As we get older, our skin can feel drier. Why? It makes less natural oil as we age. We also sweat less as we age and lose fat tissue just below the skin, leaving our skin feeling thinner, and less supple.
Saving our own skin
Some things we can do for our skin include:
- Bathe in warm, not hot water, using mild soap and moisturizer.
- Always use sunscreen and wear protective clothing.
- Check your skin, specifically moles or freckles for any changes and let your doctor know about them.
- Don’t smoke.
One of the unfortunate side effects of aging is that we often have difficulty controlling our bladders, a condition called urinary incontinence. For some, it may just be a little leakage when you cough or sneeze, while others, it’s more of an embarrassing excess of urine.
If you are starting to experience incontinence, see your doctor. There are medicines that can sometimes help. Other tips:
- Go to the bathroom on a regular schedule, starting with hourly, then begin to extend the time between trips.
- Try Kegel exercises – Kegel exercises can help strengthen your pelvic floor and help with incontinence. Squeeze as if trying to not urinate. Hold for five seconds. Relax for five seconds then do it again. Do it several times consecutively in a day.
- Avoid bladder irritants like caffeine, acidic foods and alcohol.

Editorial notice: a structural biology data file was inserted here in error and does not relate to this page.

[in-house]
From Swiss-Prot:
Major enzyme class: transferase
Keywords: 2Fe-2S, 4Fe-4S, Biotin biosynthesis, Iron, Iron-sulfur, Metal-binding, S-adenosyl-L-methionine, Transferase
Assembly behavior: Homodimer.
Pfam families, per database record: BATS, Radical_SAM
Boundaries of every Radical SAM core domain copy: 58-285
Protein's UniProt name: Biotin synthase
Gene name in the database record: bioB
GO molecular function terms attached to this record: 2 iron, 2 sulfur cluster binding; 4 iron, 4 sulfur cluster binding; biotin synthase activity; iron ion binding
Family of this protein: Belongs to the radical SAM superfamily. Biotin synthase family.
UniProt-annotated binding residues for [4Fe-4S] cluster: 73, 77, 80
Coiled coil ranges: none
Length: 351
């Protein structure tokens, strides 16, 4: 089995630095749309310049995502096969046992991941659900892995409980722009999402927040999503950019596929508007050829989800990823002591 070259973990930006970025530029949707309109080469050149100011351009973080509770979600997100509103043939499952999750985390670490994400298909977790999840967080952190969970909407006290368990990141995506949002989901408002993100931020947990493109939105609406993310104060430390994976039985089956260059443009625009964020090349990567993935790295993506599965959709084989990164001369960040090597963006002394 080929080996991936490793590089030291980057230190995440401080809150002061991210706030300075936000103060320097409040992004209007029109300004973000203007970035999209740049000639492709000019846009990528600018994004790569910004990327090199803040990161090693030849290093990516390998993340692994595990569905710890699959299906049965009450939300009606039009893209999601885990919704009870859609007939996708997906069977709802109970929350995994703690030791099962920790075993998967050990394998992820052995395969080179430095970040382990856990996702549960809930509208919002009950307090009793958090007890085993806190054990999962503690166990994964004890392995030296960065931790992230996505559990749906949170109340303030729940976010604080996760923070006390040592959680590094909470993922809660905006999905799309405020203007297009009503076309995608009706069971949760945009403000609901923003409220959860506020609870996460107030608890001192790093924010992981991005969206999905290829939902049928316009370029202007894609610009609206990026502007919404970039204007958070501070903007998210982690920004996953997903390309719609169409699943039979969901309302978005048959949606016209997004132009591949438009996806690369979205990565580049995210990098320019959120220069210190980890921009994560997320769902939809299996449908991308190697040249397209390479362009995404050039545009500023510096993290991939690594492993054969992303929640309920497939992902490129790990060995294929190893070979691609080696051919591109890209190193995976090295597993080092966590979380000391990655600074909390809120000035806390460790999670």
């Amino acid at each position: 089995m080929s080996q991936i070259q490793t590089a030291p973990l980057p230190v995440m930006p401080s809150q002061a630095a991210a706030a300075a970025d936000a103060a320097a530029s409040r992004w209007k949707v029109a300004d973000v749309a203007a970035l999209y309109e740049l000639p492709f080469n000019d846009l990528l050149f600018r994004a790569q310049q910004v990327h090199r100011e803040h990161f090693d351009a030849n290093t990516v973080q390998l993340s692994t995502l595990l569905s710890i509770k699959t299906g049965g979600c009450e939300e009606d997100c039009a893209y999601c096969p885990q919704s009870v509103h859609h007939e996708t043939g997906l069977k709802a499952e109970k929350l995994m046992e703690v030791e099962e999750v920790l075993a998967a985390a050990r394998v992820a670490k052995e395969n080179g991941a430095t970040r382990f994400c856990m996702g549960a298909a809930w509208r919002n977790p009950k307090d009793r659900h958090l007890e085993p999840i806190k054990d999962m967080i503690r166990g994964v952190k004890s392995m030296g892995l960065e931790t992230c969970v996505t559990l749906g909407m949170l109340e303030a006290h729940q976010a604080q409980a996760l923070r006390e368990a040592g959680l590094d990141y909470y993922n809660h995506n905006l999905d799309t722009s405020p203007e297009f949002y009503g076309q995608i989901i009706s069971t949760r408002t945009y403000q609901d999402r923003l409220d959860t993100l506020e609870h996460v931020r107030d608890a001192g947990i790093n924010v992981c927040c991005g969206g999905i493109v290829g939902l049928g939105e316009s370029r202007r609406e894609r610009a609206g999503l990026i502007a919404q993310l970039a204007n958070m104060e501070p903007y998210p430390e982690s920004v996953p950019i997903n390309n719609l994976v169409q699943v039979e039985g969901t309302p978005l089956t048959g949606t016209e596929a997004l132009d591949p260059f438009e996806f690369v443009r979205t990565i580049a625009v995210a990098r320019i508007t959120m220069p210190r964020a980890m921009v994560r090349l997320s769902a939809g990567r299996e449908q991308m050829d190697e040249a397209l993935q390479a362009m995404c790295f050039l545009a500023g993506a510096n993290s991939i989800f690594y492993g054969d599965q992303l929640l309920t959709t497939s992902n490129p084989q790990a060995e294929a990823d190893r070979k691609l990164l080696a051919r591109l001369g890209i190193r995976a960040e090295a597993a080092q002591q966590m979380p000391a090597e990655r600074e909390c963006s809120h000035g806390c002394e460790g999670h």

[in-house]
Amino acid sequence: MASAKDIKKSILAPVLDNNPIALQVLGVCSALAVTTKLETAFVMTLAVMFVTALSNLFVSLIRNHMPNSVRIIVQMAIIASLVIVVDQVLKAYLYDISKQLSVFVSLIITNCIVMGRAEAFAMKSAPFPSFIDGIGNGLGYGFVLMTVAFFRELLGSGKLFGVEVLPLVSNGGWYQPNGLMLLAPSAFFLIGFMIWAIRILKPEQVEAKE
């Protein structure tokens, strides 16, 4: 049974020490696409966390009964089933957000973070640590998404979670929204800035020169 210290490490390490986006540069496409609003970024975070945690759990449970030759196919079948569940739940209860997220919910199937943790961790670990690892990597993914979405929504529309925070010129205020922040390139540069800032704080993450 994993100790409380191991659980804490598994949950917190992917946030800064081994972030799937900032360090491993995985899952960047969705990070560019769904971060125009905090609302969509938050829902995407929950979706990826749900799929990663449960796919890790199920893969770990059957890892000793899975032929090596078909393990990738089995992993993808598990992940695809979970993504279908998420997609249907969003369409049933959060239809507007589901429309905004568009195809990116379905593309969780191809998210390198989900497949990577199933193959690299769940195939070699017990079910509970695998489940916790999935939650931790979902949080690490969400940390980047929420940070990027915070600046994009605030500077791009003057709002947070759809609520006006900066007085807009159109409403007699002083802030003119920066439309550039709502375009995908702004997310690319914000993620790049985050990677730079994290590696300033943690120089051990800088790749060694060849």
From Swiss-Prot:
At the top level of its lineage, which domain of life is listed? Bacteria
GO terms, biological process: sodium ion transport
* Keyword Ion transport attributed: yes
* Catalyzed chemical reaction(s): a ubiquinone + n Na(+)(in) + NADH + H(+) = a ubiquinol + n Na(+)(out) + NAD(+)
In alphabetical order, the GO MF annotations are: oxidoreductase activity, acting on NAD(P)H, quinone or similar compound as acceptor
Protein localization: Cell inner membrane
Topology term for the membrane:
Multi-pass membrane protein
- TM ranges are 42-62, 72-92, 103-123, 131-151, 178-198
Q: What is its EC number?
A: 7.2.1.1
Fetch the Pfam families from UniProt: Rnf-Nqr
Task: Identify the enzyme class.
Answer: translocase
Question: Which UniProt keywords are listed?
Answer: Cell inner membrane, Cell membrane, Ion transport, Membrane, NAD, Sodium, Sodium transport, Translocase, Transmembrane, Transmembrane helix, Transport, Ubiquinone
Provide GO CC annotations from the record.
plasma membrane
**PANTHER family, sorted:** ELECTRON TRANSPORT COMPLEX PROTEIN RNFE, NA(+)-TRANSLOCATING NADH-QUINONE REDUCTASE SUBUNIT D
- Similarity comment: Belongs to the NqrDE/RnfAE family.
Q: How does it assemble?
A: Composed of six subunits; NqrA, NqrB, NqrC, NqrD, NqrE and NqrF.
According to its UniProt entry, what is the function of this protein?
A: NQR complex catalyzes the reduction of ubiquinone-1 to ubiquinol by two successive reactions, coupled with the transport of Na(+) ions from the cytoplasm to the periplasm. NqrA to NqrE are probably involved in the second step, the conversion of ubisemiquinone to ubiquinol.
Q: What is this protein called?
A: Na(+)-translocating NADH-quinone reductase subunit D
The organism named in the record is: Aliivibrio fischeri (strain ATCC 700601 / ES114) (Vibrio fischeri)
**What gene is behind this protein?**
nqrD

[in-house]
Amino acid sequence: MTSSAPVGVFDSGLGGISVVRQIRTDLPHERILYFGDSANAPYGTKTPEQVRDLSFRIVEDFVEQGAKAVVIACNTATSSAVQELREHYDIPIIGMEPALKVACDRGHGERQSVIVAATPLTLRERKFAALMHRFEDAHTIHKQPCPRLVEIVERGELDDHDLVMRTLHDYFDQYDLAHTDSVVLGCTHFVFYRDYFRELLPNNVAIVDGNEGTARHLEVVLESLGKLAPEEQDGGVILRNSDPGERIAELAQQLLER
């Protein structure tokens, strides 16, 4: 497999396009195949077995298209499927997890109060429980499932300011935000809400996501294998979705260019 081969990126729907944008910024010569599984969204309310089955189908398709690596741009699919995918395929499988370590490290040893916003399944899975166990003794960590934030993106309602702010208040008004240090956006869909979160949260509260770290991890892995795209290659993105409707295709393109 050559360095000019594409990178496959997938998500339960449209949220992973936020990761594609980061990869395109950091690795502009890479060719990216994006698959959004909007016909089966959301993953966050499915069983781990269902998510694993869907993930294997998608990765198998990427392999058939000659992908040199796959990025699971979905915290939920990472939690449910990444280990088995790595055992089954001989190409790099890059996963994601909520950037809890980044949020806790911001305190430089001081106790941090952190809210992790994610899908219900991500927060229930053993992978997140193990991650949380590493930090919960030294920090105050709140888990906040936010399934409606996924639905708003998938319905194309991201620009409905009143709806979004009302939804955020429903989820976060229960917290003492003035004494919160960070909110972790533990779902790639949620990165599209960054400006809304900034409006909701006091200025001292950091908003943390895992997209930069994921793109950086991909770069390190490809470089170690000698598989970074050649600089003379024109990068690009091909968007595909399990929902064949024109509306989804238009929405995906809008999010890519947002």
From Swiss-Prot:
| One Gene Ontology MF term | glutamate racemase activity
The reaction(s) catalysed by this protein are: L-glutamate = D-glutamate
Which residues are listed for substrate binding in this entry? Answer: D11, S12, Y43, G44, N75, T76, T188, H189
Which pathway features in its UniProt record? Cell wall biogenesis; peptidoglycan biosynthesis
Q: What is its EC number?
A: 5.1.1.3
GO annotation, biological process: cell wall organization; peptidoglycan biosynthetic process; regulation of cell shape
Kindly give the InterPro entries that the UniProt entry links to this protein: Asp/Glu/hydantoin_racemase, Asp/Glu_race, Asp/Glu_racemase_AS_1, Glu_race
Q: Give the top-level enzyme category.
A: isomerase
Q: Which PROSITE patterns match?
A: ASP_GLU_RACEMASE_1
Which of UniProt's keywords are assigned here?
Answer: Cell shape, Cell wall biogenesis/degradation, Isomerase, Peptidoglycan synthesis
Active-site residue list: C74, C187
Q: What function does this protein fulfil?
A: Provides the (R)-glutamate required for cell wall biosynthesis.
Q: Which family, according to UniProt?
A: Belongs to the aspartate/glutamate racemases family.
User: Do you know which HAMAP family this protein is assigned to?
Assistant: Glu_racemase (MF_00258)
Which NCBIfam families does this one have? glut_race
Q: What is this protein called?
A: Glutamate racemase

DRESS for Success
It can be hard to remember everything you can do to stay healthy as you age, but there are some common themes. Need an easy way to remember all the things you should do?
“I use a mnemonic patients can understand” says Dr. Pejic. “I tell them to check their DRESS. It’s a quick, easy way to help them stay in touch with the simple things that impact their health. How is your DRESS?”
- Diet – A healthy diet is critical to healthy aging. Dr. Pejic recommends an anti-inflammatory diet, swapping our refined and sugary foods with nutrient-rich foods – lots of plant-based proteins, fruits and veggies, healthy fats, fish, and reducing or eliminating processed meats, sugary drinks, and the fats found in fried food. Eating an anti-inflammatory diet can help control or minimize many conditions.
- Relaxation – Stress has to be managed on a daily basis, Dr. Pejic says, so find a relaxation technique that works – meditation, breathing exercises, yoga, tai chi, or whatever works for you.
- Exercise – Exercise is key to overall health as we age – Not only does it help our hearts, and minds, bones and joints, and emotions, exercising helps us maintain flexibility and decreases the risk of falls – a real concern as we age. Everyone has different capabilities, so choose an exercise that works for you.
- Sleep – A good night’s sleep is a gift that keeps on giving. It helps you feel refreshed, more energetic and more mentally alert.
- Social – Stay connected with loved ones and socialize to help keep your mind sharp and prevent emotional issues such as depression and anxiety.
Helping you age well
Tulane Health System offers a network of primary care physicians and specialists in areas such as oncology, cardiology, neurology, orthopedics and whatever else you need to age well. Our two 24-hour ERs, conveniently located across the metro area, have the some of the shortest wait times in New Orleans and are staffed with the experts conveniently located across the metro area to treat your every medical emergency.